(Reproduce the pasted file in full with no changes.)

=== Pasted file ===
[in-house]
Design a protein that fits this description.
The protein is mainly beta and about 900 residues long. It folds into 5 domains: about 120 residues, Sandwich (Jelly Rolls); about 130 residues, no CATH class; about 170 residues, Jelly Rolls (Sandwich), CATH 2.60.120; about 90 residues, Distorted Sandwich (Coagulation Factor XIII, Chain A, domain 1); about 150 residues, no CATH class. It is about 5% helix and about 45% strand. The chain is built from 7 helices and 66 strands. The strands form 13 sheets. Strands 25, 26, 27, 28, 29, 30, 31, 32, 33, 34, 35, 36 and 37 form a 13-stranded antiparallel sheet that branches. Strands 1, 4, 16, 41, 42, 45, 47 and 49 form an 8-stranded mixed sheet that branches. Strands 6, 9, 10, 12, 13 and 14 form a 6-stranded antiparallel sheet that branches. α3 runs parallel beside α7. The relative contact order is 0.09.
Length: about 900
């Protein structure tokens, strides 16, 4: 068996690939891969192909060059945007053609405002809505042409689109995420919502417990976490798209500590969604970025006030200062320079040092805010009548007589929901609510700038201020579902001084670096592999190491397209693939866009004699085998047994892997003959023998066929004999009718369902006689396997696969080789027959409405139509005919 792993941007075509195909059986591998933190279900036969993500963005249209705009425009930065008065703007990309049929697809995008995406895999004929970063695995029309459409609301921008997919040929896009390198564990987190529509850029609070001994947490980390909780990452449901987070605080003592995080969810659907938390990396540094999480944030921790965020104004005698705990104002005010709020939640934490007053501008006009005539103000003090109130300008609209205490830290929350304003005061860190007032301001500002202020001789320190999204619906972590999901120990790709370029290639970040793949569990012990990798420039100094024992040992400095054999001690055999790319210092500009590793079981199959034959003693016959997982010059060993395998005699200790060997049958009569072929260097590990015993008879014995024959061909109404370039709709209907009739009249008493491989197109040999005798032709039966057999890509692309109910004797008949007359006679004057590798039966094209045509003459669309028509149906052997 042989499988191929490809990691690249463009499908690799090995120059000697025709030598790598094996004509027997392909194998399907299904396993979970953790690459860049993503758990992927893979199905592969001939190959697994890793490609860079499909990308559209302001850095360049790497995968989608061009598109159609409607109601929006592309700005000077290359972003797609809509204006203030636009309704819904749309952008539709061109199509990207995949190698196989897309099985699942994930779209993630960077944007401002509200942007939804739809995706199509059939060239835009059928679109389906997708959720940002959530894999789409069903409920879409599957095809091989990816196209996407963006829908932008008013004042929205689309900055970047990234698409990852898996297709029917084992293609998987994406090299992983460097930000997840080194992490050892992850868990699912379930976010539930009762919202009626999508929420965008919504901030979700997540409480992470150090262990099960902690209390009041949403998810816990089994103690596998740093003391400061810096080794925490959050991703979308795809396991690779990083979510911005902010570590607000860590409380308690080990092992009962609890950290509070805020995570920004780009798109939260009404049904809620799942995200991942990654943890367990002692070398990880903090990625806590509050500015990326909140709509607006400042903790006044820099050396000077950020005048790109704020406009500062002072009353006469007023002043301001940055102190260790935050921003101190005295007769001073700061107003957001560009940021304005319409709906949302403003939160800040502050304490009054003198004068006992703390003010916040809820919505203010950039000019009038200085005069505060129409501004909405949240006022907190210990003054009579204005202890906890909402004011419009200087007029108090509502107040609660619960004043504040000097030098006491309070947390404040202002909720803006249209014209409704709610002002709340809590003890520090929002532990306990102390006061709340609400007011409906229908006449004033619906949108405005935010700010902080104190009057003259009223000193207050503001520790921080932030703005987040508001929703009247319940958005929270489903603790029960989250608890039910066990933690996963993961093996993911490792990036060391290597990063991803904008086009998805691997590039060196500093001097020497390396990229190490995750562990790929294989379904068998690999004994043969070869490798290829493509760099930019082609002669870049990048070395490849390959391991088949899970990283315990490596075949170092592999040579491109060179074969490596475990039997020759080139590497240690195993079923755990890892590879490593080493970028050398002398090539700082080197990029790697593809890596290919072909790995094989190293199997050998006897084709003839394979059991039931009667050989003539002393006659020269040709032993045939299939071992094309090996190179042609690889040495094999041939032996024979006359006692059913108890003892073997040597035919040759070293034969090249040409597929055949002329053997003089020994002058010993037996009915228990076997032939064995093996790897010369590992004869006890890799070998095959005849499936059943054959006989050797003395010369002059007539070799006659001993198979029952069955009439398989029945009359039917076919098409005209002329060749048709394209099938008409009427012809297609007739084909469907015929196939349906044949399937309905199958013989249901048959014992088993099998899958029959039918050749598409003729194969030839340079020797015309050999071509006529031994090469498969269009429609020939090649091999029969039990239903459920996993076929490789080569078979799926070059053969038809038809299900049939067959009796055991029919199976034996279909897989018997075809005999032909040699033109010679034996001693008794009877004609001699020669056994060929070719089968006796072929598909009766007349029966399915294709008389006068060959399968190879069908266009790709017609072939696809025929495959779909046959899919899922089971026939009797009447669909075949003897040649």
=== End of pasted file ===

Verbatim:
[in-house]
Design a protein that fits this description.
The protein is mainly beta and about 900 residues long. It folds into 5 domains: about 120 residues, Sandwich (Jelly Rolls); about 130 residues, no CATH class; about 170 residues, Jelly Rolls (Sandwich), CATH 2.60.120; about 90 residues, Distorted Sandwich (Coagulation Factor XIII, Chain A, domain 1); about 150 residues, no CATH class. It is about 5% helix and about 45% strand. The chain is built from 7 helices and 66 strands. The strands form 13 sheets. Strands 25, 26, 27, 28, 29, 30, 31, 32, 33, 34, 35, 36 and 37 form a 13-stranded antiparallel sheet that branches. Strands 1, 4, 16, 41, 42, 45, 47 and 49 form an 8-stranded mixed sheet that branches. Strands 6, 9, 10, 12, 13 and 14 form a 6-stranded antiparallel sheet that branches. α3 runs parallel beside α7. The relative contact order is 0.09.
Length: about 900
């Protein structure tokens, strides 16, 4: 068996690939891969192909060059945007053609405002809505042409689109995420919502417990976490798209500590969604970025006030200062320079040092805010009548007589929901609510700038201020579902001084670096592999190491397209693939866009004699085998047994892997003959023998066929004999009718369902006689396997696969080789027959409405139509005919 792993941007075509195909059986591998933190279900036969993500963005249209705009425009930065008065703007990309049929697809995008995406895999004929970063695995029309459409609301921008997919040929896009390198564990987190529509850029609070001994947490980390909780990452449901987070605080003592995080969810659907938390990396540094999480944030921790965020104004005698705990104002005010709020939640934490007053501008006009005539103000003090109130300008609209205490830290929350304003005061860190007032301001500002202020001789320190999204619906972590999901120990790709370029290639970040793949569990012990990798420039100094024992040992400095054999001690055999790319210092500009590793079981199959034959003693016959997982010059060993395998005699200790060997049958009569072929260097590990015993008879014995024959061909109404370039709709209907009739009249008493491989197109040999005798032709039966057999890509692309109910004797008949007359006679004057590798039966094209045509003459669309028509149906052997 042989499988191929490809990691690249463009499908690799090995120059000697025709030598790598094996004509027997392909194998399907299904396993979970953790690459860049993503758990992927893979199905592969001939190959697994890793490609860079499909990308559209302001850095360049790497995968989608061009598109159609409607109601929006592309700005000077290359972003797609809509204006203030636009309704819904749309952008539709061109199509990207995949190698196989897309099985699942994930779209993630960077944007401002509200942007939804739809995706199509059939060239835009059928679109389906997708959720940002959530894999789409069903409920879409599957095809091989990816196209996407963006829908932008008013004042929205689309900055970047990234698409990852898996297709029917084992293609998987994406090299992983460097930000997840080194992490050892992850868990699912379930976010539930009762919202009626999508929420965008919504901030979700997540409480992470150090262990099960902690209390009041949403998810816990089994103690596998740093003391400061810096080794925490959050991703979308795809396991690779990083979510911005902010570590607000860590409380308690080990092992009962609890950290509070805020995570920004780009798109939260009404049904809620799942995200991942990654943890367990002692070398990880903090990625806590509050500015990326909140709509607006400042903790006044820099050396000077950020005048790109704020406009500062002072009353006469007023002043301001940055102190260790935050921003101190005295007769001073700061107003957001560009940021304005319409709906949302403003939160800040502050304490009054003198004068006992703390003010916040809820919505203010950039000019009038200085005069505060129409501004909405949240006022907190210990003054009579204005202890906890909402004011419009200087007029108090509502107040609660619960004043504040000097030098006491309070947390404040202002909720803006249209014209409704709610002002709340809590003890520090929002532990306990102390006061709340609400007011409906229908006449004033619906949108405005935010700010902080104190009057003259009223000193207050503001520790921080932030703005987040508001929703009247319940958005929270489903603790029960989250608890039910066990933690996963993961093996993911490792990036060391290597990063991803904008086009998805691997590039060196500093001097020497390396990229190490995750562990790929294989379904068998690999004994043969070869490798290829493509760099930019082609002669870049990048070395490849390959391991088949899970990283315990490596075949170092592999040579491109060179074969490596475990039997020759080139590497240690195993079923755990890892590879490593080493970028050398002398090539700082080197990029790697593809890596290919072909790995094989190293199997050998006897084709003839394979059991039931009667050989003539002393006659020269040709032993045939299939071992094309090996190179042609690889040495094999041939032996024979006359006692059913108890003892073997040597035919040759070293034969090249040409597929055949002329053997003089020994002058010993037996009915228990076997032939064995093996790897010369590992004869006890890799070998095959005849499936059943054959006989050797003395010369002059007539070799006659001993198979029952069955009439398989029945009359039917076919098409005209002329060749048709394209099938008409009427012809297609007739084909469907015929196939349906044949399937309905199958013989249901048959014992088993099998899958029959039918050749598409003729194969030839340079020797015309050999071509006529031994090469498969269009429609020939090649091999029969039990239903459920996993076929490789080569078979799926070059053969038809038809299900049939067959009796055991029919199976034996279909897989018997075809005999032909040699033109010679034996001693008794009877004609001699020669056994060929070719089968006796072929598909009766007349029966399915294709008389006068060959399968190879069908266009790709017609072939696809025929495959779909046959899919899922089971026939009797009447669909075949003897040649």